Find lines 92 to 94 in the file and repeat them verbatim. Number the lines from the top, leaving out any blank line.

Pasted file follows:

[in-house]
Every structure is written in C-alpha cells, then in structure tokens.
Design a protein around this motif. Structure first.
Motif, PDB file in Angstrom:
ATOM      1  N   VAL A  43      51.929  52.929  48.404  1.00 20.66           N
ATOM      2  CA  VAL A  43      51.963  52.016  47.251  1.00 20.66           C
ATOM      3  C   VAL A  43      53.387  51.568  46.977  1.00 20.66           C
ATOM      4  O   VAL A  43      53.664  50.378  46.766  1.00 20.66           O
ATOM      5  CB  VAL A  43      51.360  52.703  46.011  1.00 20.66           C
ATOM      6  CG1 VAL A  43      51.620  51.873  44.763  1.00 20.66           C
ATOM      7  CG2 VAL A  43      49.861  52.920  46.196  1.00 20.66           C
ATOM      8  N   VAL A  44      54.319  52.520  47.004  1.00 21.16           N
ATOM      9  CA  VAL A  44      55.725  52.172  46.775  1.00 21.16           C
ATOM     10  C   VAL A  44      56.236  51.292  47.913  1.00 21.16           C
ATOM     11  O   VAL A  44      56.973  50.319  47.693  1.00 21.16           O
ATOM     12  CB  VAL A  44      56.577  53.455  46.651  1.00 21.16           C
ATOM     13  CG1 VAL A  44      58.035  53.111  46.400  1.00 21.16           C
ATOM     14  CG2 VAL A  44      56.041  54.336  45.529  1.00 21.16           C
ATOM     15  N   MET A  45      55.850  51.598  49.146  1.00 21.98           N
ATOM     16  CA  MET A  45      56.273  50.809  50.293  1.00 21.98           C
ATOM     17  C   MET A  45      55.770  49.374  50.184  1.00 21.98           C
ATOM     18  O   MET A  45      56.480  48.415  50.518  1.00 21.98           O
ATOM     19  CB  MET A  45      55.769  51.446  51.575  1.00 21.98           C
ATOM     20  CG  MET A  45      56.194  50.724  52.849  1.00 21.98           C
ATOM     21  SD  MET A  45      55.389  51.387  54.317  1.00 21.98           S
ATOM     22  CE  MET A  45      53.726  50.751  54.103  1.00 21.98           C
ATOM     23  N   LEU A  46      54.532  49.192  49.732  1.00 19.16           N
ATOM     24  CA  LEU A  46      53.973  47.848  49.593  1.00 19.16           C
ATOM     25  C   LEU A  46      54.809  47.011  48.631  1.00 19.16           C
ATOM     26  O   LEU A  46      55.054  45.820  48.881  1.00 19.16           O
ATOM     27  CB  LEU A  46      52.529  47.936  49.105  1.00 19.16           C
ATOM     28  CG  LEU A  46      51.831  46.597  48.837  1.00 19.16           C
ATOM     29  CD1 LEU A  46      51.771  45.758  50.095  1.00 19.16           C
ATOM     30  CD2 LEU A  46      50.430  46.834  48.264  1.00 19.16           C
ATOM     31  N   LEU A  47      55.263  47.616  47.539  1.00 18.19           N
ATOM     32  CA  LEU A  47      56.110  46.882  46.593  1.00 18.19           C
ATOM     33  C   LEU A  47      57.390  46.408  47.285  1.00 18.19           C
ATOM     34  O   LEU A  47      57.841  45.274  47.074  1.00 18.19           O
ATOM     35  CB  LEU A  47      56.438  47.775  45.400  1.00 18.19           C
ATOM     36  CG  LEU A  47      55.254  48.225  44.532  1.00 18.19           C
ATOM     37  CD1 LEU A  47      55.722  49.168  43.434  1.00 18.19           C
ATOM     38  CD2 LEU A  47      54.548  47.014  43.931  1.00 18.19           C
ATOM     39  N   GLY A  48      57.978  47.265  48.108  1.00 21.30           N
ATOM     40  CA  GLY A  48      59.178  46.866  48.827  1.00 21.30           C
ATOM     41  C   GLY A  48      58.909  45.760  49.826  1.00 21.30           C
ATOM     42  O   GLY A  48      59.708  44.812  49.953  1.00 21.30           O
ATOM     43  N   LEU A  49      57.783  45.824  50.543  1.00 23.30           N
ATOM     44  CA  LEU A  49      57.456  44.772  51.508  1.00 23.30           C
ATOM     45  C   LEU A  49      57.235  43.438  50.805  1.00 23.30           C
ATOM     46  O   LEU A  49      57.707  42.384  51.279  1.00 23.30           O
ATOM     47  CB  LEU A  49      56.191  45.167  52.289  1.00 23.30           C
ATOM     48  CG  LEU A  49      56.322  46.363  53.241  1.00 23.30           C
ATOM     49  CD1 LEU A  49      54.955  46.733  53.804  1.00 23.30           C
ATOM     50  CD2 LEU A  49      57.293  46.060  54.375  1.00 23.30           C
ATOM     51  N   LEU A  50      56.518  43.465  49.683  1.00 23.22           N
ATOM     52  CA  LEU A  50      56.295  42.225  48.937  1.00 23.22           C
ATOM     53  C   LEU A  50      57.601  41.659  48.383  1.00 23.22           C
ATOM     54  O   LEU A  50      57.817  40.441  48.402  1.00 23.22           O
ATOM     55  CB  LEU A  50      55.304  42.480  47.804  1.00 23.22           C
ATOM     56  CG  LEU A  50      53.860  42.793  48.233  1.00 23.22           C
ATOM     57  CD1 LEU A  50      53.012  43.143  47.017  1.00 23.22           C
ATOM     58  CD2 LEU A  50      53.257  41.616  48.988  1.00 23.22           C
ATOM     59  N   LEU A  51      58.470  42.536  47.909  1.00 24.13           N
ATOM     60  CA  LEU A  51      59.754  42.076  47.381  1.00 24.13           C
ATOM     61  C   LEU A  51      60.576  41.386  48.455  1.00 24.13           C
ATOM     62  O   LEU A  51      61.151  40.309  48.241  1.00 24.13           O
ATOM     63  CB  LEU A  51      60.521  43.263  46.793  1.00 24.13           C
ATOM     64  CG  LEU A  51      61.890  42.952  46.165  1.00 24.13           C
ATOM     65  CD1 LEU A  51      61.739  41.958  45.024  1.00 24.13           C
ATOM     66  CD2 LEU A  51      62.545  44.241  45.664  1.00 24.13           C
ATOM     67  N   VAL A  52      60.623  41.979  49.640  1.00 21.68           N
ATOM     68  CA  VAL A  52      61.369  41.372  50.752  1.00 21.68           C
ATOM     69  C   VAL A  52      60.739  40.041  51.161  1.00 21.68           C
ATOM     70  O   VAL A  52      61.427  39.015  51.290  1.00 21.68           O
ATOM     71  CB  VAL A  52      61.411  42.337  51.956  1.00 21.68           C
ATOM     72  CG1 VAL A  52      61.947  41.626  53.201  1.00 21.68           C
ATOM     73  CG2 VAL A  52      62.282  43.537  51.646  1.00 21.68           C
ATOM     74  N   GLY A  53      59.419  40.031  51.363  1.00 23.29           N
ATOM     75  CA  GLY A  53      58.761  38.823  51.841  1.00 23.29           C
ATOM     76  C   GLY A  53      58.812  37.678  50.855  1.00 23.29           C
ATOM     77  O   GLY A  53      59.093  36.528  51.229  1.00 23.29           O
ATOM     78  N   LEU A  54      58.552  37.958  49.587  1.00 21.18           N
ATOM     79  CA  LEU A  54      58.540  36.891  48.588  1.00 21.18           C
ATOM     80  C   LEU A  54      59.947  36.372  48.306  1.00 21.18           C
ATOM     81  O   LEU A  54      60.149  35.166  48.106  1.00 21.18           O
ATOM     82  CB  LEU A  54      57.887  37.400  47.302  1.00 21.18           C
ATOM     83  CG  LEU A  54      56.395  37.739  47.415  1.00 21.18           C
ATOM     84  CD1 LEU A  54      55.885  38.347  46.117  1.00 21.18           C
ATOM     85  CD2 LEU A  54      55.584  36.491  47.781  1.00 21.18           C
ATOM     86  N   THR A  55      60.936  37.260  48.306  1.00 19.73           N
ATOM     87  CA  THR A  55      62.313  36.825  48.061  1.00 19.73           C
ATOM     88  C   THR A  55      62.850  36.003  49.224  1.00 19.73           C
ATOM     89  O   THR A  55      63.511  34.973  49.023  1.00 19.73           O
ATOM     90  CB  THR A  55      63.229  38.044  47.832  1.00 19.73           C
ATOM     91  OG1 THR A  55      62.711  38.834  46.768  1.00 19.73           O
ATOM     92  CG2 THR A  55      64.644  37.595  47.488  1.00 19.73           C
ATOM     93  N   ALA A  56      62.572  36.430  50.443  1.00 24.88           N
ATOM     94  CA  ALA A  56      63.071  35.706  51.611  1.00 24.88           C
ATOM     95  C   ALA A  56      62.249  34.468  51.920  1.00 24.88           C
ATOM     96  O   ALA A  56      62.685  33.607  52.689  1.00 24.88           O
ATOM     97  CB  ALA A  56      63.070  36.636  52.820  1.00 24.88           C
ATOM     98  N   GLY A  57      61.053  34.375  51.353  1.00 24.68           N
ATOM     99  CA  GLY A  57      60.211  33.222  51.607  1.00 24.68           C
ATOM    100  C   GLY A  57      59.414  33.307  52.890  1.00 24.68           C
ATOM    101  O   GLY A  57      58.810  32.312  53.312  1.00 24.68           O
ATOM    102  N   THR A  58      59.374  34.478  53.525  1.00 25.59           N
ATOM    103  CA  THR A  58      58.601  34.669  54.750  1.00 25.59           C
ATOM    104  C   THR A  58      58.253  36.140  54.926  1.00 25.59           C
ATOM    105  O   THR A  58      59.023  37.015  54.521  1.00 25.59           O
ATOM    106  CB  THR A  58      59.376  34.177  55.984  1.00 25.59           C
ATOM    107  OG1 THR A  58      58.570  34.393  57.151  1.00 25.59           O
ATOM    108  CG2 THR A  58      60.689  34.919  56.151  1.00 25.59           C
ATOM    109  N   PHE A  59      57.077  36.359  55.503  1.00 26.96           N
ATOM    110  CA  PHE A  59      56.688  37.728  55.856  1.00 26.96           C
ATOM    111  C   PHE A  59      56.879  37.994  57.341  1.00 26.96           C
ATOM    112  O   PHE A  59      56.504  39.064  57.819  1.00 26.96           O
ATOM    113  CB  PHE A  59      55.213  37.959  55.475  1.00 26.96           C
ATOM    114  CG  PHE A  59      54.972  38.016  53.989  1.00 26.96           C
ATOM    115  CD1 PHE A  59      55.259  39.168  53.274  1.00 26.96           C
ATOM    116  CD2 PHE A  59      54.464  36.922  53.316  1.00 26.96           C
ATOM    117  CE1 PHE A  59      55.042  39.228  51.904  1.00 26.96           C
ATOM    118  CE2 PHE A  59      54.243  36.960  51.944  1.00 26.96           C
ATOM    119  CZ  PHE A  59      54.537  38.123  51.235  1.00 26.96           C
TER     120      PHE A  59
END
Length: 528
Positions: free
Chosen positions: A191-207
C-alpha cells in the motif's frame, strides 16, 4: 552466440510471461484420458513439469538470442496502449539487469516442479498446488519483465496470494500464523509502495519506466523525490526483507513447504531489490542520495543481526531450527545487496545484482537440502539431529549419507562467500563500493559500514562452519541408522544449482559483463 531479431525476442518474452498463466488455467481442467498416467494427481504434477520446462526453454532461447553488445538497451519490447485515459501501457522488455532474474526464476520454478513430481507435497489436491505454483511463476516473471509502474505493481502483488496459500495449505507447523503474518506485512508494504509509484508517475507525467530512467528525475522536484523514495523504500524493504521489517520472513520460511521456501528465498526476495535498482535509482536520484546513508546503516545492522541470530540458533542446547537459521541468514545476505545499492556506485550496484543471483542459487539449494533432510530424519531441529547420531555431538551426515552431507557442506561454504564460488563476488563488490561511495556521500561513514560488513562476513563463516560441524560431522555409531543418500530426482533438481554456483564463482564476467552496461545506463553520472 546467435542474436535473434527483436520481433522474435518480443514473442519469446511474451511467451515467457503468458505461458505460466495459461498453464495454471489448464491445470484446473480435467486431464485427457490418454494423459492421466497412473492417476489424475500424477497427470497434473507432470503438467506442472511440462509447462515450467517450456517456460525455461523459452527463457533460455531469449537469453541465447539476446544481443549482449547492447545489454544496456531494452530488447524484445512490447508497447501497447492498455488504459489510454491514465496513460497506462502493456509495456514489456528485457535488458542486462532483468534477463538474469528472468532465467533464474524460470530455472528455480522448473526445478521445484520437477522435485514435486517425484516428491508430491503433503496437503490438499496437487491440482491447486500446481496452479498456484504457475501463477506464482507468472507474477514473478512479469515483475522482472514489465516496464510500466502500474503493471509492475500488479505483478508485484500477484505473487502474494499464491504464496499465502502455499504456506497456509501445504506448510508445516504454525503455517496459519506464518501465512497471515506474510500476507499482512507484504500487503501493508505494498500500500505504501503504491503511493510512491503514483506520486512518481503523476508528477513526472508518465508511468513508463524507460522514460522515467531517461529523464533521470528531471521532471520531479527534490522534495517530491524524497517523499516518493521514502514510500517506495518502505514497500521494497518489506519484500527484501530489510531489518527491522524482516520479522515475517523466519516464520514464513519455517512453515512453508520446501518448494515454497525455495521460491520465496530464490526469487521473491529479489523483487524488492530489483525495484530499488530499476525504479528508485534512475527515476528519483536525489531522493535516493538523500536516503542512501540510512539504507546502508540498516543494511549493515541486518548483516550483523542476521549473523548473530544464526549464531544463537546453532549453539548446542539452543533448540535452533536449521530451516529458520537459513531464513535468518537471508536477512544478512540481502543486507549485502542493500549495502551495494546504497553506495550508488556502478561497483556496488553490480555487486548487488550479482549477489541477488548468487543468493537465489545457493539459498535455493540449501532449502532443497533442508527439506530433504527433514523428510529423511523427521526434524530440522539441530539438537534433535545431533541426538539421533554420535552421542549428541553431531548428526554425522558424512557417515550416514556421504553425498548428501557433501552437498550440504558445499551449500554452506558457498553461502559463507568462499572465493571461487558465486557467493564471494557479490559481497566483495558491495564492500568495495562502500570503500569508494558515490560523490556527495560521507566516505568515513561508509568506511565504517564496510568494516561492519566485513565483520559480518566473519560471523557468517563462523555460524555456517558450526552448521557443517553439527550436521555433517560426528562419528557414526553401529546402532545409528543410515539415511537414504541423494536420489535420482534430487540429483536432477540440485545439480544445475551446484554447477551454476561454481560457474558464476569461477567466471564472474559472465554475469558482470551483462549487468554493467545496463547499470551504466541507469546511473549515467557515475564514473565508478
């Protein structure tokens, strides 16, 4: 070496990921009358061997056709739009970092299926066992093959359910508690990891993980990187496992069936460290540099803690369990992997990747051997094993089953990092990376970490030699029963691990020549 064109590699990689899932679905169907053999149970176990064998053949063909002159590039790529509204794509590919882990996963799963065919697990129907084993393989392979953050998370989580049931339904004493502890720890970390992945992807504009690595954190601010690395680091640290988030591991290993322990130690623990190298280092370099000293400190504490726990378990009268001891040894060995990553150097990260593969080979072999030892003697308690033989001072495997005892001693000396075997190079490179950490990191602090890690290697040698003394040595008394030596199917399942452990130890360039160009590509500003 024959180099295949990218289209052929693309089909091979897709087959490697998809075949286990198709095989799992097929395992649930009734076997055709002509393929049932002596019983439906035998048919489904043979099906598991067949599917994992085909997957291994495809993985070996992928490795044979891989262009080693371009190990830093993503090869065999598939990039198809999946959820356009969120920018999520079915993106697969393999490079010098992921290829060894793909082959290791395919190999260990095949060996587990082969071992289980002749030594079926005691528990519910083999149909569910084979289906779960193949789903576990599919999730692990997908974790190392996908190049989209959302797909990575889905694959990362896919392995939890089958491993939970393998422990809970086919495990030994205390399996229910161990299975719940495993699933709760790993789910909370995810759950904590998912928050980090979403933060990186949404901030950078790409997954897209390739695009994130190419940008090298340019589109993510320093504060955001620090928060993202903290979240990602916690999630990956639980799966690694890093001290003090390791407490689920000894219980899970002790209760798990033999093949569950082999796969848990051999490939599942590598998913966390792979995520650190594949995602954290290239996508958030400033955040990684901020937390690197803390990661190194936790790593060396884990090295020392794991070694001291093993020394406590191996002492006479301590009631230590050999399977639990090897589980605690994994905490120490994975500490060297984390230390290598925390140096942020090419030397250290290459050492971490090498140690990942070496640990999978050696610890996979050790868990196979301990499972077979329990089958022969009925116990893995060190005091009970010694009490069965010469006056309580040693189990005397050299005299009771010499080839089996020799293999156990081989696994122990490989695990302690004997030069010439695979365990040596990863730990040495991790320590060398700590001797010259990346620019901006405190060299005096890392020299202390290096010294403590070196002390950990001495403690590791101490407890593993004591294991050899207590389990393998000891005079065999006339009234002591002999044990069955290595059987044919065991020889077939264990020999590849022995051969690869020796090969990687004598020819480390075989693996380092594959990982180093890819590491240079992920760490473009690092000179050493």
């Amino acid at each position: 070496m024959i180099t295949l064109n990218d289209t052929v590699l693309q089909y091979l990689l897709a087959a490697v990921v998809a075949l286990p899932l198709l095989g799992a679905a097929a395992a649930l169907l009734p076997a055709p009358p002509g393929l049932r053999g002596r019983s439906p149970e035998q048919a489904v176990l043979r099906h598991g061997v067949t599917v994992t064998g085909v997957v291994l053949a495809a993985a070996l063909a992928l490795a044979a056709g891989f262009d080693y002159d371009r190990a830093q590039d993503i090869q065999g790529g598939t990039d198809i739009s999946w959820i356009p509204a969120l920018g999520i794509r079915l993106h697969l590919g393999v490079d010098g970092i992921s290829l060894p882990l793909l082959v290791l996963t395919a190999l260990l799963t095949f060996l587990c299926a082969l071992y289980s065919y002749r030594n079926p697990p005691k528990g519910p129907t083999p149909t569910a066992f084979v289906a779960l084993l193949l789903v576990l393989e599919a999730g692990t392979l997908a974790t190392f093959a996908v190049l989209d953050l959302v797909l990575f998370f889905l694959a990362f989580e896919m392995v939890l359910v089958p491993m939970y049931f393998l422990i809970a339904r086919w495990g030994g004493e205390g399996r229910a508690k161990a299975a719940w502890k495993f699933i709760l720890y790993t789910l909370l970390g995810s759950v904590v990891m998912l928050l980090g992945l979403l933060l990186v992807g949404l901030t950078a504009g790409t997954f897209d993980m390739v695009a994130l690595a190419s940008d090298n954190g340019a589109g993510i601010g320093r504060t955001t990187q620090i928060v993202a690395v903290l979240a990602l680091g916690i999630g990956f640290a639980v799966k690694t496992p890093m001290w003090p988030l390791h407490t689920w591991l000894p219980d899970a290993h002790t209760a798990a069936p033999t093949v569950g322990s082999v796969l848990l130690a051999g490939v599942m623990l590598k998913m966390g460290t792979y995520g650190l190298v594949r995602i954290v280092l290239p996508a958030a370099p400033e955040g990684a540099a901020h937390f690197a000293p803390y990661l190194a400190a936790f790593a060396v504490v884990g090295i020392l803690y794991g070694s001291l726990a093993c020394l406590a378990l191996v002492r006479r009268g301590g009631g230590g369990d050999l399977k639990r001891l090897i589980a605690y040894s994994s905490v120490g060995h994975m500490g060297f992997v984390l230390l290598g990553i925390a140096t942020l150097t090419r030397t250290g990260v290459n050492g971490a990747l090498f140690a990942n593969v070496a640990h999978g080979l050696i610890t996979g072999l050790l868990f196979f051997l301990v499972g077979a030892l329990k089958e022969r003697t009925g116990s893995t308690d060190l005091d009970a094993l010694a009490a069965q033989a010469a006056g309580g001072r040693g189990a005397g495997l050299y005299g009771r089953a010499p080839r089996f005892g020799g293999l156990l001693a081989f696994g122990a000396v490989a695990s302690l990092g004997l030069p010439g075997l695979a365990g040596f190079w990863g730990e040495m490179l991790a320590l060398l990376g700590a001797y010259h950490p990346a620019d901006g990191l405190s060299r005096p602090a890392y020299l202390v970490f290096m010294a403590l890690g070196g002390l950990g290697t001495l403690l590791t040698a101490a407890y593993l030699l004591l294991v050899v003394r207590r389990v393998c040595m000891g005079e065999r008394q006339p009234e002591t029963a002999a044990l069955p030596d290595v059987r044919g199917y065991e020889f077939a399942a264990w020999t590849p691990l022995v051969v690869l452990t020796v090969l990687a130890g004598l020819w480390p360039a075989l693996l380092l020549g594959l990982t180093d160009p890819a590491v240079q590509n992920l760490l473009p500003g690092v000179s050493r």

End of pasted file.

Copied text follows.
ATOM     88  C   THR A  55      62.850  36.003  49.224  1.00 19.73           C
ATOM     89  O   THR A  55      63.511  34.973  49.023  1.00 19.73           O
ATOM     90  CB  THR A  55      63.229  38.044  47.832  1.00 19.73           C